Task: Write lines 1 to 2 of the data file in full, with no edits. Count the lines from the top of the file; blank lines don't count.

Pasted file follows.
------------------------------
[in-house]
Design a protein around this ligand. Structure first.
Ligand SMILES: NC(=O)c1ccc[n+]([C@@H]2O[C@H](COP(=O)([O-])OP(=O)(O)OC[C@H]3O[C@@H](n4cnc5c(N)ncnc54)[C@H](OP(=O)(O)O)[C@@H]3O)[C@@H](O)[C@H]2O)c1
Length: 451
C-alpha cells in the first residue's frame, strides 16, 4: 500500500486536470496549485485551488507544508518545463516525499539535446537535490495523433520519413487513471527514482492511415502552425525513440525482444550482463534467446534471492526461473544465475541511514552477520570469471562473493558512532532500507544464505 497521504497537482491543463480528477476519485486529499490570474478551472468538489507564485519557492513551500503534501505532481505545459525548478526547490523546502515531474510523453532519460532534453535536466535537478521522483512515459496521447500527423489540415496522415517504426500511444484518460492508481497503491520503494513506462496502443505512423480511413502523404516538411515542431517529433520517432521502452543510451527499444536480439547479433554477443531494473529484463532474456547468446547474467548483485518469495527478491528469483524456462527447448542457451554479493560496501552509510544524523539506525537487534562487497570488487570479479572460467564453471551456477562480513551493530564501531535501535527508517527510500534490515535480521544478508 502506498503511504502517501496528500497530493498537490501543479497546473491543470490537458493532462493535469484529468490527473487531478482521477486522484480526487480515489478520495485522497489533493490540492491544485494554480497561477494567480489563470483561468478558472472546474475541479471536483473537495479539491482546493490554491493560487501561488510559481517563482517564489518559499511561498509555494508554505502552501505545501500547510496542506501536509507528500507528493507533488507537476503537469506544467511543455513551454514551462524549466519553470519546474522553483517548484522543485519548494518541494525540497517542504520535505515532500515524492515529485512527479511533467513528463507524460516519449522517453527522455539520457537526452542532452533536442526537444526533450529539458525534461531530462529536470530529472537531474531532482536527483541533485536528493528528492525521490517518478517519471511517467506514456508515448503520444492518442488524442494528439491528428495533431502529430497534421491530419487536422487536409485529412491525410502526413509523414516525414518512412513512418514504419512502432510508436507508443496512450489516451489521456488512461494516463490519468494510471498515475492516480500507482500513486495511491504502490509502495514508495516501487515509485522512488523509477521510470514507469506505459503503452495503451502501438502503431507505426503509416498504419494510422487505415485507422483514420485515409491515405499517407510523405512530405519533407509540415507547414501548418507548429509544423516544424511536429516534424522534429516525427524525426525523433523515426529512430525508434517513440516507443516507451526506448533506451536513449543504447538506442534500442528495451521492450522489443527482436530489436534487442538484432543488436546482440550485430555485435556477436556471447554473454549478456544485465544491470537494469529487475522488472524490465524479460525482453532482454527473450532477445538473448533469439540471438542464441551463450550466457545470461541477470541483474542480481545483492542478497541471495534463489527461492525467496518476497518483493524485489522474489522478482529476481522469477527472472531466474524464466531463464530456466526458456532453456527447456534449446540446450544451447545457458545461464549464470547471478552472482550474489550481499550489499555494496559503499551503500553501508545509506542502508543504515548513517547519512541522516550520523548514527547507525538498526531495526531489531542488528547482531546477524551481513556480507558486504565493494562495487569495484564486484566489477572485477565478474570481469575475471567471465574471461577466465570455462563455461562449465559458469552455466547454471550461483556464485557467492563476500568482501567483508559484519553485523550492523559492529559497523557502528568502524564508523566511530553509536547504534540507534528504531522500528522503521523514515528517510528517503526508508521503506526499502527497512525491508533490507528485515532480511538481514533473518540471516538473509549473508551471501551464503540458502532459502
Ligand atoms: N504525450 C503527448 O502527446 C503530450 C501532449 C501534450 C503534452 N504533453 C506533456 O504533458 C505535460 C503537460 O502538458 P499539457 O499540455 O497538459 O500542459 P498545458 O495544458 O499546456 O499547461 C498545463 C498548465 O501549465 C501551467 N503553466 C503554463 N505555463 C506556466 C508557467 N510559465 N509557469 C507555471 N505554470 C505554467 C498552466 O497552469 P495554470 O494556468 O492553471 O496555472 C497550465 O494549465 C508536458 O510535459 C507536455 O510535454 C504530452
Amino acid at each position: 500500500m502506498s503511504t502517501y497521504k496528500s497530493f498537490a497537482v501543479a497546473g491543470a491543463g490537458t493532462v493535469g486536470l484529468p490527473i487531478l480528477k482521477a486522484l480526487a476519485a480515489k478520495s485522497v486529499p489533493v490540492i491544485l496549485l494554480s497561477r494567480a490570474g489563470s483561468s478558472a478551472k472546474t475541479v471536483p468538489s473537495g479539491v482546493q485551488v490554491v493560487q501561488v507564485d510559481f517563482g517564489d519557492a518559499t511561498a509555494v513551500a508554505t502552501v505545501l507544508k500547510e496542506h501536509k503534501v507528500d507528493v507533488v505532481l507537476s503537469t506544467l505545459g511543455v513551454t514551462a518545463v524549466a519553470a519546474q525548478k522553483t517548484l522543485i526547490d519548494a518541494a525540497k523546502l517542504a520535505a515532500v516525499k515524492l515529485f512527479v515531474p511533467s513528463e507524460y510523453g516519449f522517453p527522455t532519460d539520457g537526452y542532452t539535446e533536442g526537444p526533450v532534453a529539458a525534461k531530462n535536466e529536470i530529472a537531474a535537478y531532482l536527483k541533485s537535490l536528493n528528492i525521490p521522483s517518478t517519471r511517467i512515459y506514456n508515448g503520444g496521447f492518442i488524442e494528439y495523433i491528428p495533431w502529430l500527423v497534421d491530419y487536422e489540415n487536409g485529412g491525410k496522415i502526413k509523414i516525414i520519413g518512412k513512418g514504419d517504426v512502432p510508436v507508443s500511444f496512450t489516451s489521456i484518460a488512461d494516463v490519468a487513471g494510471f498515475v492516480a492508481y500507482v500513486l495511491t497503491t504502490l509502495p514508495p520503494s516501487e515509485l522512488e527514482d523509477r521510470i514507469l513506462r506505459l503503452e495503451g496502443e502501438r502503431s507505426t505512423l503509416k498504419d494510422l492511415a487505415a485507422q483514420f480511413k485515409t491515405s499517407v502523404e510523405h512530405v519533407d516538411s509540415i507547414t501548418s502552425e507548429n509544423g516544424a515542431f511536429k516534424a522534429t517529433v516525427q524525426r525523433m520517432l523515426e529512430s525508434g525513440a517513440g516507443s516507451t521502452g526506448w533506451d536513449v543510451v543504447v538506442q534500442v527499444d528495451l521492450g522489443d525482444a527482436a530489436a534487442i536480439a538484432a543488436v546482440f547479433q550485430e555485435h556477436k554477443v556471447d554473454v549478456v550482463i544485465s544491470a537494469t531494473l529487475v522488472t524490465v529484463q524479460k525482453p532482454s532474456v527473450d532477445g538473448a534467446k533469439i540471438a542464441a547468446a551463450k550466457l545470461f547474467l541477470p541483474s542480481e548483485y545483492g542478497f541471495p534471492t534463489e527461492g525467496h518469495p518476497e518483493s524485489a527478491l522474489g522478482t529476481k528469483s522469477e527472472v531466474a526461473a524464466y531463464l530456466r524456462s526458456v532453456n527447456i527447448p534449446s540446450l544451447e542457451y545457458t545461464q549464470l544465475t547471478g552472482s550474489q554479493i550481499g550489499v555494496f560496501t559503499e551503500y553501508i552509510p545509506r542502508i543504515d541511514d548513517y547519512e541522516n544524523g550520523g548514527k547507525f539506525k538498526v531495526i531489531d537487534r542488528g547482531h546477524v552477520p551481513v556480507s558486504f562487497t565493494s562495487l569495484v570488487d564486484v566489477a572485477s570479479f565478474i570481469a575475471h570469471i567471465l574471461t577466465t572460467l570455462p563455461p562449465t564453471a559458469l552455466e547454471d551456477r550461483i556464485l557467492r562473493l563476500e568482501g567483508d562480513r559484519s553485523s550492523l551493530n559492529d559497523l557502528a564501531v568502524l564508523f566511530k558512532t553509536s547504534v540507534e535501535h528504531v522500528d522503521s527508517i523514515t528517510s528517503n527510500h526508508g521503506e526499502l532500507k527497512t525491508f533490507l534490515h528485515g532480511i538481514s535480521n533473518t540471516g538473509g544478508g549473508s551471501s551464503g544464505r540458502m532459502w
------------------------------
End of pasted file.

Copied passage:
[in-house]
Design a protein around this ligand. Structure first.